When most people think of grey (or gray) it brings to mind melancholy thoughts of a dreary lackluster hue not quite dark enough to be black, but yet not quite light enough to be white. Somewhere in between, a morose dreary achromatic tone with no life. A quick search of your thesaurus will reveal related adjectives such as colorless, dull, sad, or ashen.
However, that is not the grey I know at all. The grey I know has a wide spectrum of chromaticity and it presents a plethora of astonishing shades particularly in nature. The grey I know is full of life and excitement presenting itself with an limitless array of undertones.
If you ever took the time to notice the scaled quail (Callipepla squamata) you would see how the various shades of grey translate to an almost blue color on their back and wings, how the delicate feathers on their chest are all outlined in a bold dark grey giving the impression of fish scales, or how the dainty tuft of slate colored feathers on their head is topped with a subtle touch of white giving the impression of the faintest piece of cotton on their head.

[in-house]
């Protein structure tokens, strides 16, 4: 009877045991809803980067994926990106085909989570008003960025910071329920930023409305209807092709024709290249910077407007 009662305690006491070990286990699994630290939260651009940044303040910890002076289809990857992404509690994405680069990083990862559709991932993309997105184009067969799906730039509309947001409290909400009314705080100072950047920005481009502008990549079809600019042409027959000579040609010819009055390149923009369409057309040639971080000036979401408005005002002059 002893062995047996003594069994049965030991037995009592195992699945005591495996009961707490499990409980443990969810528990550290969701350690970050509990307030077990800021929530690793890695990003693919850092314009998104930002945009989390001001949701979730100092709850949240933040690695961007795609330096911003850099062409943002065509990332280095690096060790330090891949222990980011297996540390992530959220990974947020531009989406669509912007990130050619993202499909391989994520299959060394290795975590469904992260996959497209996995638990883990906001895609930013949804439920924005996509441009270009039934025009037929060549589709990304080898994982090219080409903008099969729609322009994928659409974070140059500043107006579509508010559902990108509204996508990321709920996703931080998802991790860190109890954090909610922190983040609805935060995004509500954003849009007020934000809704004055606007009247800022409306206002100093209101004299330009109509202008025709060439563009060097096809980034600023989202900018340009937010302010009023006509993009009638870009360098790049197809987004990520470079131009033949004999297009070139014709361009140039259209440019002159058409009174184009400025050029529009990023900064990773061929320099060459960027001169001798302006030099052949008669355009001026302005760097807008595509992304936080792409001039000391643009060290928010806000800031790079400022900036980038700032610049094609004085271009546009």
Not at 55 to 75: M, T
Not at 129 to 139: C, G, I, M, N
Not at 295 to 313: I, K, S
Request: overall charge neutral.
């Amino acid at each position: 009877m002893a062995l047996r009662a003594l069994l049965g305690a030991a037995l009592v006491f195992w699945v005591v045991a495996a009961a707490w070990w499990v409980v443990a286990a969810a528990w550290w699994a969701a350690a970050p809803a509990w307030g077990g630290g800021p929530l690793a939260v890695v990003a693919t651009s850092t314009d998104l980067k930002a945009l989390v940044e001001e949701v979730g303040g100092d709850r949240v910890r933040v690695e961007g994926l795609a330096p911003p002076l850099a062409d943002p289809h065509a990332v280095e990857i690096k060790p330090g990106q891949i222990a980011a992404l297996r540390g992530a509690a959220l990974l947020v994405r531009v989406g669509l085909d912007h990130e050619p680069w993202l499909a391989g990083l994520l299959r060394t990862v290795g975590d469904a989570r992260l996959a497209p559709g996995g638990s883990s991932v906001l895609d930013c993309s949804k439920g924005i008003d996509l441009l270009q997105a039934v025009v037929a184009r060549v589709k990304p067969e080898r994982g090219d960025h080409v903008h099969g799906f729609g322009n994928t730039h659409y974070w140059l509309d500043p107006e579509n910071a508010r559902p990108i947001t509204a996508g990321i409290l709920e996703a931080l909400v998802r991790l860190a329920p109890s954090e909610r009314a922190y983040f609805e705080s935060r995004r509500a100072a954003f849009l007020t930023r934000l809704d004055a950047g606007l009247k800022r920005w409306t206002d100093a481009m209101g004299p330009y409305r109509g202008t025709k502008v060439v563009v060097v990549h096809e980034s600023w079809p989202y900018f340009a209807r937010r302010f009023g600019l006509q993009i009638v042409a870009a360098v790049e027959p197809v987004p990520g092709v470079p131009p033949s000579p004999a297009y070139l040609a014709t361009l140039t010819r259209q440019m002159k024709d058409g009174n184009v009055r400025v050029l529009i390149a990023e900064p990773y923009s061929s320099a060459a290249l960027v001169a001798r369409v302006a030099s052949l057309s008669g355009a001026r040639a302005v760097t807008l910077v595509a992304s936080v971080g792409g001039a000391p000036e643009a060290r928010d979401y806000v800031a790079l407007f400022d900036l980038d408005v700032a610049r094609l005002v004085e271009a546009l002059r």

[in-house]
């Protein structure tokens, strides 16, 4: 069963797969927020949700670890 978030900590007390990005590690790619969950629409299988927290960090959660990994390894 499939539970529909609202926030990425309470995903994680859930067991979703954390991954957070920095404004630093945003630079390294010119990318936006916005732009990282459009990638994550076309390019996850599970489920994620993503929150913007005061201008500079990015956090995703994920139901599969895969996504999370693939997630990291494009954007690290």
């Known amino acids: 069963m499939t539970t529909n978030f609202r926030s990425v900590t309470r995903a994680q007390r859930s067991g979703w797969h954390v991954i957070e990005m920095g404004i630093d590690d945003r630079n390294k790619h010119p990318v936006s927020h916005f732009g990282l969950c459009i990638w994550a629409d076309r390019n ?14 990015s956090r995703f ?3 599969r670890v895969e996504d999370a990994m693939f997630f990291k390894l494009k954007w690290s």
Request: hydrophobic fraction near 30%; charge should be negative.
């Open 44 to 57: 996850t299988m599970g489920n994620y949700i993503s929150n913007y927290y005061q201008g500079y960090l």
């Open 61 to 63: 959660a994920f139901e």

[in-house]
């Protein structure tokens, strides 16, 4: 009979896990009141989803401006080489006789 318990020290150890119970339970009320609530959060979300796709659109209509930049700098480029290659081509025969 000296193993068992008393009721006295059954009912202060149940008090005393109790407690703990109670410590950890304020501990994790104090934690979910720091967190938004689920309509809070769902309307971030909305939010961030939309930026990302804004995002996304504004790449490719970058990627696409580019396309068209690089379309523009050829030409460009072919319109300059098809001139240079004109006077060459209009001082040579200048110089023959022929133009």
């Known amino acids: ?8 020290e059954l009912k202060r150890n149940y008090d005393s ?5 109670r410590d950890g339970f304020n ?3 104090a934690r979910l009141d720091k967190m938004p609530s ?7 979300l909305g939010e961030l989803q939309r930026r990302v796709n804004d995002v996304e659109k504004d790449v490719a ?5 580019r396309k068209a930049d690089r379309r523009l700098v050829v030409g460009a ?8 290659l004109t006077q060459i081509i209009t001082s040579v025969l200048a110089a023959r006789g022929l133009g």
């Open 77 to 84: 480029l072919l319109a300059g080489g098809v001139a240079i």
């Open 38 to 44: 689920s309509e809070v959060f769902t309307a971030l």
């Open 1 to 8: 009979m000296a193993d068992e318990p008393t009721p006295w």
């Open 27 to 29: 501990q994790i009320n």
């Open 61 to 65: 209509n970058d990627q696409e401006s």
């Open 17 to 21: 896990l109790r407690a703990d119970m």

If you think of grey as monotone or uninteresting, you have clearly never seen the the silver almost shimmering coat of a coyote in the afternoon sun. Maybe, you have never watched these curious creatures chasing rodents and attempting to pounce on them before they escape to their holes.
Perhaps you have never watched playful grey squirrels scampering through the trees and rocks with their gossamer coats peppered in varying shades of grey. They watch cautiously as you
approach chattering out their warnings and scurrying for cover until danger passes. Their lively antics have the ability to create joy and wonder for onlookers.
No my friends, grey is not the color of the crestfallen or despondent, rather grey is a vibrant tone with an abundance of hues displayed boldly throughout nature.